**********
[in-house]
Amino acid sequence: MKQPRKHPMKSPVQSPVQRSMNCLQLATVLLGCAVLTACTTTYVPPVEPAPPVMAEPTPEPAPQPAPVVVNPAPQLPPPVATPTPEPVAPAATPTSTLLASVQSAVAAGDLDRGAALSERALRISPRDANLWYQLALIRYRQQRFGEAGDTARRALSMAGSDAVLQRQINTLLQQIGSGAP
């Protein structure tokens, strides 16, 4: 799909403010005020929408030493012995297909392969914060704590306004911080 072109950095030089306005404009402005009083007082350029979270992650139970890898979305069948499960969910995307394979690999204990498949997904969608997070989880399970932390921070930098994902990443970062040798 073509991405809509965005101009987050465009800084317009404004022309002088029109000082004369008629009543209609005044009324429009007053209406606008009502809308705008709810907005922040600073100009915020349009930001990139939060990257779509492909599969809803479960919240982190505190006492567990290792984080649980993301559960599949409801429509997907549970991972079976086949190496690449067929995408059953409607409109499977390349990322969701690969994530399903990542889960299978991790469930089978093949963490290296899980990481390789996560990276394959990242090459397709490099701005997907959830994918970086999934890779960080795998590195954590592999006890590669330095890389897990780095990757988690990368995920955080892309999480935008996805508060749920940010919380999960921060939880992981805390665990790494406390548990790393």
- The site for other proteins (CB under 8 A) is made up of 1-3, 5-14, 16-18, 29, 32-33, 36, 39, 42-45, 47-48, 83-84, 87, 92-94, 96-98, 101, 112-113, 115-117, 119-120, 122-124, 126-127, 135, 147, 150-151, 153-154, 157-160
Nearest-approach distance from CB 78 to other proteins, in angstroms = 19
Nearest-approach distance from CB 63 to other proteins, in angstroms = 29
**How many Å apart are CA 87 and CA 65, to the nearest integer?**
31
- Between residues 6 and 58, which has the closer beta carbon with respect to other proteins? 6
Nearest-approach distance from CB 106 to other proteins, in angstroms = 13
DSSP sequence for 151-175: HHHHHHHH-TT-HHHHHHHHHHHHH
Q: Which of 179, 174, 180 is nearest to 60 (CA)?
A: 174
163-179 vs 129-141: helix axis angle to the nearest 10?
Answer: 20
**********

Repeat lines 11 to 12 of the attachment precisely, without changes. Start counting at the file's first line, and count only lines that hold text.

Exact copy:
DSSP sequence for 151-175: HHHHHHHH-TT-HHHHHHHHHHHHH
Q: Which of 179, 174, 180 is nearest to 60 (CA)?